There were very few bed and breakfasts in Lebanon at the time, a few scattered in the far corners of the country. But soon, a societal shift happened and they literally exploded, catering not only to tourists who wanted to explore the country through local eyes, but also a rising number of homegrown “tourists,” with Lebanese themselves rediscovering their own country, and planning local weekends away without the recourse to international travel. Because despite its bad reputation, and its diminutive size, Lebanon has so much to offer in terms of its luscious landscape and its rich history. It continuously teeters on the edge of collapse but by God it manages to stay beautiful. Luckily, the guest houses that have opened up have, on the most part, stayed true to heritage. They are often borne out of old ruins and beautifully restored to former glory; they merge with the surrounding landscape, using traditional building materials respectful of the local architecture—Beit Trad in Kfour, Villa Chamoun in the Qadisha Valley, or Bouyouti in the Chouf are some examples.
I have a complicated relationship with Lebanon, something I feel is reflected in the feelings of a lot of Lebanese there as well as in the diaspora. There is love and hate, a great sense of nostalgia, of a Lebanon that could’ve been, that could still be. But the country is mired in corruption, in a free-falling economy, and most recently, slowly pulled into a wider regional conflict because of the brutal assault on Gaza by our neighbor in the South.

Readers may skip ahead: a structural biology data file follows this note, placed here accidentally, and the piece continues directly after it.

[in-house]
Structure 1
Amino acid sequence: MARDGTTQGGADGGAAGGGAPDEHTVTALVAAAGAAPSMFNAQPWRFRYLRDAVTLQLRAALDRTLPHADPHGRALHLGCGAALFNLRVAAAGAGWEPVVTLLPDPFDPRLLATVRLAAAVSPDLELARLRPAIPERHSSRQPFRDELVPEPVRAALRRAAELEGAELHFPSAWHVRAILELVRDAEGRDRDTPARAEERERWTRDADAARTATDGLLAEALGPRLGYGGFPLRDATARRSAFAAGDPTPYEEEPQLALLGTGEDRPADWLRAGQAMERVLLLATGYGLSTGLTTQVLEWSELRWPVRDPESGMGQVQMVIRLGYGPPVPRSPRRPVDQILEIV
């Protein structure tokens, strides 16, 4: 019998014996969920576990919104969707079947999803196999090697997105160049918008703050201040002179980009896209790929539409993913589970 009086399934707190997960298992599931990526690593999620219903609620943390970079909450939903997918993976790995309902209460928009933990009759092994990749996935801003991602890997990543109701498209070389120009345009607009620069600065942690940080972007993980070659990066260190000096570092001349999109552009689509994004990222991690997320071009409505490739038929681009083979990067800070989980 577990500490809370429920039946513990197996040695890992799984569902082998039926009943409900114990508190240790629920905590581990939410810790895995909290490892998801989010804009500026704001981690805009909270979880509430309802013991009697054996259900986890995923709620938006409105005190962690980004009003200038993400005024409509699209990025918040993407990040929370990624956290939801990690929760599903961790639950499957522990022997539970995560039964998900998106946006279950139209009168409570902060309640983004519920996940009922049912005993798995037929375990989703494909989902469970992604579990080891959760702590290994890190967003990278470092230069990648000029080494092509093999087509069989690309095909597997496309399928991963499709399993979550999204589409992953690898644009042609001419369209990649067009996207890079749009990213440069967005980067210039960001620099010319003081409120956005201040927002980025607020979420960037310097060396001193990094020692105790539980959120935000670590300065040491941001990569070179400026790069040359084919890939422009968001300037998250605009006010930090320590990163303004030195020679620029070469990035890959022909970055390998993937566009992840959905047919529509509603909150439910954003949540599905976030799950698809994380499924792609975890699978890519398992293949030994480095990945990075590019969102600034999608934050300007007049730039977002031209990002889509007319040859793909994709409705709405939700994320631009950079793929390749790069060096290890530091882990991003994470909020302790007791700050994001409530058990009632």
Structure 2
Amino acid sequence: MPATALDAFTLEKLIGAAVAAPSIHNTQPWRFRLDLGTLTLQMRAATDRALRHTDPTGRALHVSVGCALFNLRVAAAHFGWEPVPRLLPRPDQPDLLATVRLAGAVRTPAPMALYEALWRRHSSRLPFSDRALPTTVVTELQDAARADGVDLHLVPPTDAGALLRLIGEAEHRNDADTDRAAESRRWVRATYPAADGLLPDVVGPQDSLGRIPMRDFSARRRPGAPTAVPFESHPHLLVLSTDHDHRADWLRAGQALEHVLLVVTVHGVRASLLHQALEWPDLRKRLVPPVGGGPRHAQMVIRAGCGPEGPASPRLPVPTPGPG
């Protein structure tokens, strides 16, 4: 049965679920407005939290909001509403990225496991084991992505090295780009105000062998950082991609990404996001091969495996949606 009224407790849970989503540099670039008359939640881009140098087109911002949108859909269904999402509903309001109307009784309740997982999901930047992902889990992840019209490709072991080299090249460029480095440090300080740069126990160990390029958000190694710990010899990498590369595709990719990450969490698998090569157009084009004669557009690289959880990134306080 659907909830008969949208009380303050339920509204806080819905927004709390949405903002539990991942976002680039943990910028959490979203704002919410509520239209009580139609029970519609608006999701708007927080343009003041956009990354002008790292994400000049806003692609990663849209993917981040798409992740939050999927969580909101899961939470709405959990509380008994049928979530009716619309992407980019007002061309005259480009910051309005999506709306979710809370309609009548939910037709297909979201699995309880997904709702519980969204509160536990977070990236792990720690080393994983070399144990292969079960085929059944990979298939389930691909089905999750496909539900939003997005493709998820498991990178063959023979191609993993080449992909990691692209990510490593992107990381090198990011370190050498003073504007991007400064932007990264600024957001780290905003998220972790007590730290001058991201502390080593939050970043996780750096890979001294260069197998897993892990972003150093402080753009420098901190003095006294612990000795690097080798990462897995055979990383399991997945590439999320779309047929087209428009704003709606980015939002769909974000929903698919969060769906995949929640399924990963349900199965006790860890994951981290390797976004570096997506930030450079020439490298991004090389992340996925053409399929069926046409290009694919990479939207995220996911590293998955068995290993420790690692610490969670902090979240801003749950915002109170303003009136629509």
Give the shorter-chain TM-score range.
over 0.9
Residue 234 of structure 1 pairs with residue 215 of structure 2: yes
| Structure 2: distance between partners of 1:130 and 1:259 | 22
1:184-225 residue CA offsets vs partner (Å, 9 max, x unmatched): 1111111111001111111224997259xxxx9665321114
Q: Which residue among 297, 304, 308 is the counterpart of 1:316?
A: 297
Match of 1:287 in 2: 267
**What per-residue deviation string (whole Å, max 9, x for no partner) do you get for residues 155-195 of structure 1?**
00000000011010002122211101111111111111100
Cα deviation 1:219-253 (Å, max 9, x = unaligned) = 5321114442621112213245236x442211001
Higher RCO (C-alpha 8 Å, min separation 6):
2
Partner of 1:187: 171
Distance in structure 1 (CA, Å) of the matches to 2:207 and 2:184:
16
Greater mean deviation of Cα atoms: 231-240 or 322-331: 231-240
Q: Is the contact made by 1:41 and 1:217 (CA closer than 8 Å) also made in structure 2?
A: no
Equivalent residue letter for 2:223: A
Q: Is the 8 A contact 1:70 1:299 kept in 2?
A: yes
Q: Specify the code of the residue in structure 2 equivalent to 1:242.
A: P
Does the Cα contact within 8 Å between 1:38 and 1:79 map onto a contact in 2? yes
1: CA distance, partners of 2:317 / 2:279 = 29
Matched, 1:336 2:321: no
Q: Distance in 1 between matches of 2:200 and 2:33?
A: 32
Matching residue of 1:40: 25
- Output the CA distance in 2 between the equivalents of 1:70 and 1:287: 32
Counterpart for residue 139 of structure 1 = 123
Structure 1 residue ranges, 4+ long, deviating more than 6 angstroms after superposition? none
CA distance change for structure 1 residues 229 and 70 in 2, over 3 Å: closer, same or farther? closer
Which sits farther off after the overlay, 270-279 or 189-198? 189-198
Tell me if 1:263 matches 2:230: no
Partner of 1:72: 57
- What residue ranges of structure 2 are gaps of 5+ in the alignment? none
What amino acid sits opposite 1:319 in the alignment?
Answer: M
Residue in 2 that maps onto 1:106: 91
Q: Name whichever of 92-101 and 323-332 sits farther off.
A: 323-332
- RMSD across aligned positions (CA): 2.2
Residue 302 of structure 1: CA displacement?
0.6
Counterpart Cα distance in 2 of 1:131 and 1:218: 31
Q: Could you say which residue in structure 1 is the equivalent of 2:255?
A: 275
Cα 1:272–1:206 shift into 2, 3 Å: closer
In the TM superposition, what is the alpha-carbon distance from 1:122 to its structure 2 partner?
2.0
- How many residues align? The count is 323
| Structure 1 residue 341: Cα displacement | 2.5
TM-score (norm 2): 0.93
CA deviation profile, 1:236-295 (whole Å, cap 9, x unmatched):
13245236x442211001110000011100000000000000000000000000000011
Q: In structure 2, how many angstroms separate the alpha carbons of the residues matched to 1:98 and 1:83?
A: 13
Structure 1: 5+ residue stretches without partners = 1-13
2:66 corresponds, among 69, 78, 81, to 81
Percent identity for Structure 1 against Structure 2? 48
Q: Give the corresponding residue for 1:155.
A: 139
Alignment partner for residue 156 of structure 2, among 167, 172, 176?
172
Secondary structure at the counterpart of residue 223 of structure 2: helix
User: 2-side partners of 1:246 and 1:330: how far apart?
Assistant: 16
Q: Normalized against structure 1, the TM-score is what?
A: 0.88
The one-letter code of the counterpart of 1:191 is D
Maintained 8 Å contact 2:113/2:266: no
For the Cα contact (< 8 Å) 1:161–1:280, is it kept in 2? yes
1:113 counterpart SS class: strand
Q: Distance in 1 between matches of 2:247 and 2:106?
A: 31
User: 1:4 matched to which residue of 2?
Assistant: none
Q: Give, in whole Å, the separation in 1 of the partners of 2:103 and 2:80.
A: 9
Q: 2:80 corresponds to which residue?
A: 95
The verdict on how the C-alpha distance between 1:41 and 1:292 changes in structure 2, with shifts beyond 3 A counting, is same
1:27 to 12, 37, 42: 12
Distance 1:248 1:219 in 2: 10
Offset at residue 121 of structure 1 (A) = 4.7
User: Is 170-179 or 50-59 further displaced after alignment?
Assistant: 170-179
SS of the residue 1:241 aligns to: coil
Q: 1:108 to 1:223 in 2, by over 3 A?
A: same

Lebanon has a complicated history, and cyclical episodes of high glitz and glamor followed by crushing lows. From the oft-used moniker of “the Switzerland of the Middle-East” of the 50s and 60s, to the civil war that spanned from 1975 to the early 90s, a high-gloss post-war renaissance interrupted by political assassinations and the brutal July 2006 war with Israel, more reconstruction, shiny high-rises, a booming nightlife that came crashing down in 2019 with the start of the devastating economic crisis, caused by corruption at the highest levels of our government and banking sector. And the horrifying explosion on August 4th, 2020, which further traumatized a population on the brink of collapse.
There is love and hate, a great sense of nostalgia, of a Lebanon that could’ve been, that could still be
But somehow, despite the mass exodus that every episode engendered, Lebanon continues to rise from its ashes, albeit limping. Expats return in droves every summer and Christmas, booking every seat on flights that converge from the four corners of the globe. I am not going to pretend that there aren’t horrifying levels of poverty that were exacerbated by the economic crisis, and still no government, literally. But there is life and there are Turkish coffees and arak to be poured, family and friends to meet again, a sea to jump in, mezze to be shared, traffic jams to get stuck in, art to be immersed in, ruins to revisit, and worries to be shared.
All images provided by Rasha Kahil . All rights reserved.